What you do and experience matters less than what you take away from it. Bad things will happen. Relationships will fail in small and large ways. The most important thing is to know and hang on to your value no matter what happens. You are precious. You are priceless. The God who created the universe valued you so much that He died so Hecould be with you when He rose again. Any story about you that doesn’t reflect that value is a lie. Try to learn not to repeat lies to yourself. The lies will come from unexpected places–from people you think are friends. From people who are friends but who are just having a bad time. In the end, the story that matters isn’t the one your hear from your circumstances or from other people, it’s the one you tell yourself. Listen to God first–listen to Him sing joy over you. Learn to tell yourself the story that He sings, and you will be invincible.

And then I would tell her the stories that God sings over me. Over and over.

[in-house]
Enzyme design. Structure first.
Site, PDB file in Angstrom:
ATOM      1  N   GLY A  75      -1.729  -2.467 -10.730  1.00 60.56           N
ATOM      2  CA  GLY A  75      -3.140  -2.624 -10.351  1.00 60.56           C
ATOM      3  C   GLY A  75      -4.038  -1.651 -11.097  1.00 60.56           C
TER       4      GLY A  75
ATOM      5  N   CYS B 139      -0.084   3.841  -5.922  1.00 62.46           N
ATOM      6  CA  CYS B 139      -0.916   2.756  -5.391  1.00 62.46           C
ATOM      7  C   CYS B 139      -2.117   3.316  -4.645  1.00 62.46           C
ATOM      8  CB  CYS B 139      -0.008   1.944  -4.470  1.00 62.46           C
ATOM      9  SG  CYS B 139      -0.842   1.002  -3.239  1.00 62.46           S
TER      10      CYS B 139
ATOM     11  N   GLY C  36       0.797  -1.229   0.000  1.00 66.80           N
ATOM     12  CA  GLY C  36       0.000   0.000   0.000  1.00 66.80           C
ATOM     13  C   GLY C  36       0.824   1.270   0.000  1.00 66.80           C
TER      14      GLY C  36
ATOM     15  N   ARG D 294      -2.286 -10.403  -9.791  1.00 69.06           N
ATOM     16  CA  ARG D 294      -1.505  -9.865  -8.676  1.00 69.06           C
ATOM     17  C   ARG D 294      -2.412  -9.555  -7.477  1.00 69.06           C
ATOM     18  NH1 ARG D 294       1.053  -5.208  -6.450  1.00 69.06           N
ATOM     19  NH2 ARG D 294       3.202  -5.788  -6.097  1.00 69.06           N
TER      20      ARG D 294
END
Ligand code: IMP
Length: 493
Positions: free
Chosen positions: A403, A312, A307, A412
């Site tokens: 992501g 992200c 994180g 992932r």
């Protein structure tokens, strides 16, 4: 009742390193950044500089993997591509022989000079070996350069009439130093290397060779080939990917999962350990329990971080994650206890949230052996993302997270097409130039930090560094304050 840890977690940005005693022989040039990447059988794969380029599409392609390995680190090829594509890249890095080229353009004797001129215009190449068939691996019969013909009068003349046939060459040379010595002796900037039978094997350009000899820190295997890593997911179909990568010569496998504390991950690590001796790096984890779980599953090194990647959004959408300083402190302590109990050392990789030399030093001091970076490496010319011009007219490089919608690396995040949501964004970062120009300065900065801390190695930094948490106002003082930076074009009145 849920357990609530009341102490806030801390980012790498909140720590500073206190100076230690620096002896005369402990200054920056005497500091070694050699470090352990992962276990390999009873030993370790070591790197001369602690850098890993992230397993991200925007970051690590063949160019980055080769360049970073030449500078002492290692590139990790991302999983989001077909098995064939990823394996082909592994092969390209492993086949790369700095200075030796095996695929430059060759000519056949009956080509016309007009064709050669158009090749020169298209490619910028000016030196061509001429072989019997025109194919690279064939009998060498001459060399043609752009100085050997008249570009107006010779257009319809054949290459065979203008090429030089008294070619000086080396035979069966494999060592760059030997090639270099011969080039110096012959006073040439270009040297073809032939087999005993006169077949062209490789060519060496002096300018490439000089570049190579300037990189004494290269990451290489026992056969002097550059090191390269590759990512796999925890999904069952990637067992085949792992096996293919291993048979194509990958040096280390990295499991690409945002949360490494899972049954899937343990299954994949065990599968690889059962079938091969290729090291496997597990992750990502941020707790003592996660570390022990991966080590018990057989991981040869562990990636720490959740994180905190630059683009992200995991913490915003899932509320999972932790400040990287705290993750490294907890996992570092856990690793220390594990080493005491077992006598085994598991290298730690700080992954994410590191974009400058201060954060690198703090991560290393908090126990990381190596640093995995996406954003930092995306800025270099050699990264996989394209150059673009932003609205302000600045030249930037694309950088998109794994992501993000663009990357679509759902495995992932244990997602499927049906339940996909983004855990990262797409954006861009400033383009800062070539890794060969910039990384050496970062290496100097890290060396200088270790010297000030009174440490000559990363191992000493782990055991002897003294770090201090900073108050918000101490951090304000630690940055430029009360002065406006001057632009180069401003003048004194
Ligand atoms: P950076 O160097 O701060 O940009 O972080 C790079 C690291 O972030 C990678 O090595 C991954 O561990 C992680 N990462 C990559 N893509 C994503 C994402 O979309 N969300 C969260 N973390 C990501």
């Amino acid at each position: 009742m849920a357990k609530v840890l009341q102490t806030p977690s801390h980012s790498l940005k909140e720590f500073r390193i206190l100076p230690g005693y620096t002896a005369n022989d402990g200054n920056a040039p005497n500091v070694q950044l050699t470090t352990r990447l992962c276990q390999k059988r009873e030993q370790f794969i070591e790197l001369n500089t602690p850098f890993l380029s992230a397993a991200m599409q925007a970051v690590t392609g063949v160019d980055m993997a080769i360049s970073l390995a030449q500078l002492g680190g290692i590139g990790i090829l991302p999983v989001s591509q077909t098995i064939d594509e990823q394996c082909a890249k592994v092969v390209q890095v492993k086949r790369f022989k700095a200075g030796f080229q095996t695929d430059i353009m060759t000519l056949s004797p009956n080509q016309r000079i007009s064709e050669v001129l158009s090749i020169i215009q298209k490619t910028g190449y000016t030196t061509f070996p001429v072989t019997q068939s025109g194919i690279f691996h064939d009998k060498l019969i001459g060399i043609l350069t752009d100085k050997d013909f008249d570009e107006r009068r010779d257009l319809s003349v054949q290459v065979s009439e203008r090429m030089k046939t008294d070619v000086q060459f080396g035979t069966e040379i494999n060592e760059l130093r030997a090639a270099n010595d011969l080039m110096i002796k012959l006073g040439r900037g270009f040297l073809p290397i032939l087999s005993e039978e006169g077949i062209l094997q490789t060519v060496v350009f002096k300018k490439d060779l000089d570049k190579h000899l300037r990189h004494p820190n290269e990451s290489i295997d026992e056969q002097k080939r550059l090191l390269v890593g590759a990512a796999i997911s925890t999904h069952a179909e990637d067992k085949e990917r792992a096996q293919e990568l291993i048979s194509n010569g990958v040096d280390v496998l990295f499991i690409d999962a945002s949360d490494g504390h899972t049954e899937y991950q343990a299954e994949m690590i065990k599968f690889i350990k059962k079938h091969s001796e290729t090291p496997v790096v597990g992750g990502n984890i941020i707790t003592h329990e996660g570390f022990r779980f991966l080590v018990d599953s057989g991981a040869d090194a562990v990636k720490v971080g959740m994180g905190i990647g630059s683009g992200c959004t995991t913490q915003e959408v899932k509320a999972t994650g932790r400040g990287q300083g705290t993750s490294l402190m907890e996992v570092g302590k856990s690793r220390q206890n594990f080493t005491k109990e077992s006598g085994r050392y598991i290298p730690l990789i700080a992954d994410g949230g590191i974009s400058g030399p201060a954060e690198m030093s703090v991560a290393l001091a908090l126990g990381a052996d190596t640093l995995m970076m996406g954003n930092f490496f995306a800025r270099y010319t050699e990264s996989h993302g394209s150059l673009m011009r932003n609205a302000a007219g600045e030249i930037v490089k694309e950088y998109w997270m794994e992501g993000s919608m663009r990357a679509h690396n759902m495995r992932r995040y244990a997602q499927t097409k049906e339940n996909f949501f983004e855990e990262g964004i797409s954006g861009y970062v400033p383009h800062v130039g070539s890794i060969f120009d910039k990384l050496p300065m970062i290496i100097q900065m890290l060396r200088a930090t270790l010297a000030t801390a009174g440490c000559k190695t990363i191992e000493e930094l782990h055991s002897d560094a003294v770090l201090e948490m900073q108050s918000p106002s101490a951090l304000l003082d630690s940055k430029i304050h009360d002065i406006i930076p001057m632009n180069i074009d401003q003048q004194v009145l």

This blog is me learning to listen to God sing over me, then learning to join Him in it. You may not feel like you get what I’m doing. That’s okay. If what I write sticks in your head at all, if it causes you to ask questions you might not have asked otherwise, if you just think it’s an interesting read–above all if it makes you want to tell your own story–I love hearing about that. Thanks for reading. Thank you for telling me your own stories. You help me remember that my experience has meaning. You help me remember what story to tell myself.

Letters from Christ (Part 2): A Little Background

I’ve gotten a few messages from friends and family saying they wonder where I’m going with this blog series on sex. (Side note: it is a personal goal to get as many people as possible to feel comfortable enough talking about this topic to comment publicly. Right now, public commenters are the minority by a wide margin.) It occurred to me that I haven’t been all that clear about my perspective on this. The fact is that I don’t know where I’m going with it, either. I do not have an end point or goal in mind. Call it a performance piece. Call it an act of faith. I consider it both.